Q. If Your Full Retirement Age Is 66 (0 months) and You Draw Social Security Benefits Early at Age 62, How Much Is Your Benefit Reduced By?
a) 15 percent
b) 17.67 percent
c) 20 percent
d) 22.5 percent
e) 25 percent
f) 26.67 percent
g) 29.17 percent
h) 30 percent
Your Social Security benefit is reduced by a percentage for every year early you collect.
Answer: E. 25 Percent
If your full retirement age is 66 — this applies to people who are born between 1943 and 1954 — you’ll lose a quarter of your Social Security benefits if you start collecting at 62, which is the earliest you can start claiming Social Security. If your full retirement age is 67 and you start collecting at 62, your benefits will be reduced even more: a whopping 30 percent.
Only 15% of Respondents Got This Right
Most respondents (29 percent) guessed that Social Security benefits would be reduced by only 15 percent if you started to collect four years before the full retirement age. The next-most popular response was 20 percent, with just under 22 percent of respondents choosing c) as the answer.
Know Before You Retire: The True Costs of Retiring on Social Security
Q: These States Can Tax Social Security Benefits: Colorado, Kansas, Minnesota, Missouri, Montana, Nebraska, New Mexico, North Dakota, Rhode Island, Utah, Vermont, West Virginia and What Other State?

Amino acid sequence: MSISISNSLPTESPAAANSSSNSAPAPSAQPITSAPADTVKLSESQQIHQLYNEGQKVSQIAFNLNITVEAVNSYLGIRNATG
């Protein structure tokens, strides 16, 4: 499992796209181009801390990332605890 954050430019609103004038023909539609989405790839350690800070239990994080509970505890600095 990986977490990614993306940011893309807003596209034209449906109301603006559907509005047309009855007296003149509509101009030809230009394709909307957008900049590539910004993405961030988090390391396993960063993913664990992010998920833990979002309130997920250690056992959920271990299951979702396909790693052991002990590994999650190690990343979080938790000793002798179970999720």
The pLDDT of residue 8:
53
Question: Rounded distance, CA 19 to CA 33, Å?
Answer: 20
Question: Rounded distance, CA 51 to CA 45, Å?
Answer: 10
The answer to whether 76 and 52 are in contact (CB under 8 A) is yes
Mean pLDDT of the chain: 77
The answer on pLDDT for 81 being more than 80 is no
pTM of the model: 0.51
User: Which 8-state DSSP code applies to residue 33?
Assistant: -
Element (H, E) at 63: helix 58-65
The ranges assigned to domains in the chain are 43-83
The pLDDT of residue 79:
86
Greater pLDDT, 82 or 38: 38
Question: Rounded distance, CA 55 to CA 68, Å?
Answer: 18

Most states and Washington, D.C., don’t tax Social Security benefits, but 13 states do. Do you know which ones?
Answer: C. Connecticut
If you live in Connecticut or one of the 12 other states that tax Social Security benefits, you should keep those deductions in mind when planning for your retirement. It’s also important to note that even if your state doesn’t tax Social Security benefits, you still need to account for other taxes, which could include state and local sales taxes, income tax, property tax and taxes on other retirement income, such as IRAs, 401ks and pensions.
Only 12% of Respondents Got This Right
The majority of Americans answered b) California, with 31 percent selecting this response. However, a third of the survey takers from Connecticut selected the right answer.
Q: A Roth IRA Allows Tax-Free Withdrawals in Retirement.
A Roth IRA is similar to a traditional IRA, except you cannot deduct contributions, you can continue to contribute to your account after age 70 1/2 and you can leave funds in the account for as long as you are alive. But when you withdraw, do you have to pay taxes?